Date of Award

Summer 2018

Document Type


Degree Name

Master of Arts (MA)



First Advisor

Chattopadhyay, Sumana

Second Advisor

Ugland, Erik

Third Advisor

Wolburg, Joyce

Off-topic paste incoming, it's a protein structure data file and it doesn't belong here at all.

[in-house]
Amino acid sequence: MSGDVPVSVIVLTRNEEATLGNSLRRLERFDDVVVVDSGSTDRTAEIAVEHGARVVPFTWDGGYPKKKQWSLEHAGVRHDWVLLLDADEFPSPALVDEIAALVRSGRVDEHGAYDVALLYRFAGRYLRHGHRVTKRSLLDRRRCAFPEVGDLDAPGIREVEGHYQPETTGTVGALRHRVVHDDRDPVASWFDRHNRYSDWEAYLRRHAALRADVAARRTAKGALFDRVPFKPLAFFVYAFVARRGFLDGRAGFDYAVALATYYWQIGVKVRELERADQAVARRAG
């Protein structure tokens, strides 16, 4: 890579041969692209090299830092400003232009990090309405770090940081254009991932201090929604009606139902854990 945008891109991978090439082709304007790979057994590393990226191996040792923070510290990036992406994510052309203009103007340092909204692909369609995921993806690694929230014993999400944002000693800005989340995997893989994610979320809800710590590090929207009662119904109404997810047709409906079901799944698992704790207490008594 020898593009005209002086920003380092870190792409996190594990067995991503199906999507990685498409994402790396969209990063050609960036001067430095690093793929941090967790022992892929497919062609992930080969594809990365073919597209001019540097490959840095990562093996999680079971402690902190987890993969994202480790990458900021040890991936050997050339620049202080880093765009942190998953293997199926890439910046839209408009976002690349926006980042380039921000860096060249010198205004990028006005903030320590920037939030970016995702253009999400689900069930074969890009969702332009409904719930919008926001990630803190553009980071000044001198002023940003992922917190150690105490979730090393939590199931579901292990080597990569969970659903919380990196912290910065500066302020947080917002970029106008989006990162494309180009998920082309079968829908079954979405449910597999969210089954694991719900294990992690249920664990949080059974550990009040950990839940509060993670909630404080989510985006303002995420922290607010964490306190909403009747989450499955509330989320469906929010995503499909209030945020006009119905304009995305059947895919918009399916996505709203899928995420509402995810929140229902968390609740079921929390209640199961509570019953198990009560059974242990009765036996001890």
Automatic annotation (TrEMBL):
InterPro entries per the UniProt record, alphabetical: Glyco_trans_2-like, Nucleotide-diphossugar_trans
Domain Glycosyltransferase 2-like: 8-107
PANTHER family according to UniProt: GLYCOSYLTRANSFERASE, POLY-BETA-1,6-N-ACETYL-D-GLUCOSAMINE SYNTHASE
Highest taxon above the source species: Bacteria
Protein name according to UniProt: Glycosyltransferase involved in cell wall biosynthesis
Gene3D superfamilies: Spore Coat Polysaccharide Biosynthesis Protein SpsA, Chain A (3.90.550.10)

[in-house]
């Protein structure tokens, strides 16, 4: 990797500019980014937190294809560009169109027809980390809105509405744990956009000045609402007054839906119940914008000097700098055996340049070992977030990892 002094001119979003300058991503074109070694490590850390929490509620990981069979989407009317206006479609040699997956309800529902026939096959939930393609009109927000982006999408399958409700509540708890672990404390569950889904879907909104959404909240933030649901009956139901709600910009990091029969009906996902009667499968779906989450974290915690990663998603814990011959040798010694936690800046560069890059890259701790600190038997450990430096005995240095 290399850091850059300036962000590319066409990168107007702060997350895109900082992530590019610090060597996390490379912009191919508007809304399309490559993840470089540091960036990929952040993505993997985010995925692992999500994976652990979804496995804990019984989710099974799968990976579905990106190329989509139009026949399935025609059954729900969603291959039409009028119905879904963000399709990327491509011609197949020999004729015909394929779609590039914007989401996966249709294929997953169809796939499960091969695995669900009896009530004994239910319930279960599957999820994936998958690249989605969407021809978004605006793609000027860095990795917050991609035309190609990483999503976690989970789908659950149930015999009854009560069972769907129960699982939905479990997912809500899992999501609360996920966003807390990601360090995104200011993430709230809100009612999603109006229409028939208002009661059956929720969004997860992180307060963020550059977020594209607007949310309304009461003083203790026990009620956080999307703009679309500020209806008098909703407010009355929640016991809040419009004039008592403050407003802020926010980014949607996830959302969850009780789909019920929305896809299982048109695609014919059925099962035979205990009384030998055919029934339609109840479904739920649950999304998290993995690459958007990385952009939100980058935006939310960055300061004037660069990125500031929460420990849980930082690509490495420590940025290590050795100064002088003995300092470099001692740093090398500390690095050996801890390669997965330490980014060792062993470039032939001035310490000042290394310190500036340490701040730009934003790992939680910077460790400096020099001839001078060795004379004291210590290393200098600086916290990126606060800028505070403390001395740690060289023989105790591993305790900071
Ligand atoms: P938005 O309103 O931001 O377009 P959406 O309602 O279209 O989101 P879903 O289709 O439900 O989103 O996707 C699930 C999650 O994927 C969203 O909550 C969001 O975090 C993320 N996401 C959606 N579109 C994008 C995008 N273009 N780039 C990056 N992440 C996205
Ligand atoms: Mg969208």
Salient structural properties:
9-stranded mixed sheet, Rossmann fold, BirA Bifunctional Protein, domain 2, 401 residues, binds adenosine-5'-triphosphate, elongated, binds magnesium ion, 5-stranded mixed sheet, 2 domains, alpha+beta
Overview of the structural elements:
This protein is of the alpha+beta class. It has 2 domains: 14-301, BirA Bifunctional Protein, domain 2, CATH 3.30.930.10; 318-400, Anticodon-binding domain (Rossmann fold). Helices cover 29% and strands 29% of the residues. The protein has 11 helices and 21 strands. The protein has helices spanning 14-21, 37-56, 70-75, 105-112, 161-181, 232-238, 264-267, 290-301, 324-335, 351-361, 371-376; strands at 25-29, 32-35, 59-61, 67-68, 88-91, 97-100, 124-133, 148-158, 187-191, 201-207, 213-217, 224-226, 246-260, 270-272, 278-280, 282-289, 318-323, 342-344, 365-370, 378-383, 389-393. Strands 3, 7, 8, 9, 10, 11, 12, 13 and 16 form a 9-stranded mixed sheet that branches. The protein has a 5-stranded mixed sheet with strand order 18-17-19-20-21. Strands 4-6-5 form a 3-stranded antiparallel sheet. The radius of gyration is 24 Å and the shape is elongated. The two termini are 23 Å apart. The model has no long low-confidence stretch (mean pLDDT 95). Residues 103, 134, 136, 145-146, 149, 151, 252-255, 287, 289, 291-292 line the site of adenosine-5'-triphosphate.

Police use of force has become a common phrase in the current United States society, especially in the context of law enforcement encounters with Black men. However, even with extensive media coverage of protests and incidents between police and Blacks, not much is known about peoples’ willingness to speak out about the topic. Elisabeth Noelle-Neumann’s spiral of silence theory, which states that peoples’ perceptions of others and media exposure is largely responsible for determining an individual’s willingness to speak, is uniquely positioned to examine this topic. This study utilized a Qualtrics panel of 905 participants and a questionnaire to examine the willingness of participants to speak with others about police use of force. ANOVA results showed that previous negative interactions with police officers, age, race, income, gender, taking a civics class, income, political affiliation and working for a newspaper all affect willingness to speak. Additional regression analyses showed that communication apprehension (CA) and diversity exposure both were large, influencing factors when it comes to willingness to speak. Several other variables were also found to be significant, although not to the same extent. Results supported Noelle-Neumann’s theory that perceptions play a role in willingness to speak; however, media exposure was less influential than expected. Implications, recommendations and future research angles are discussed.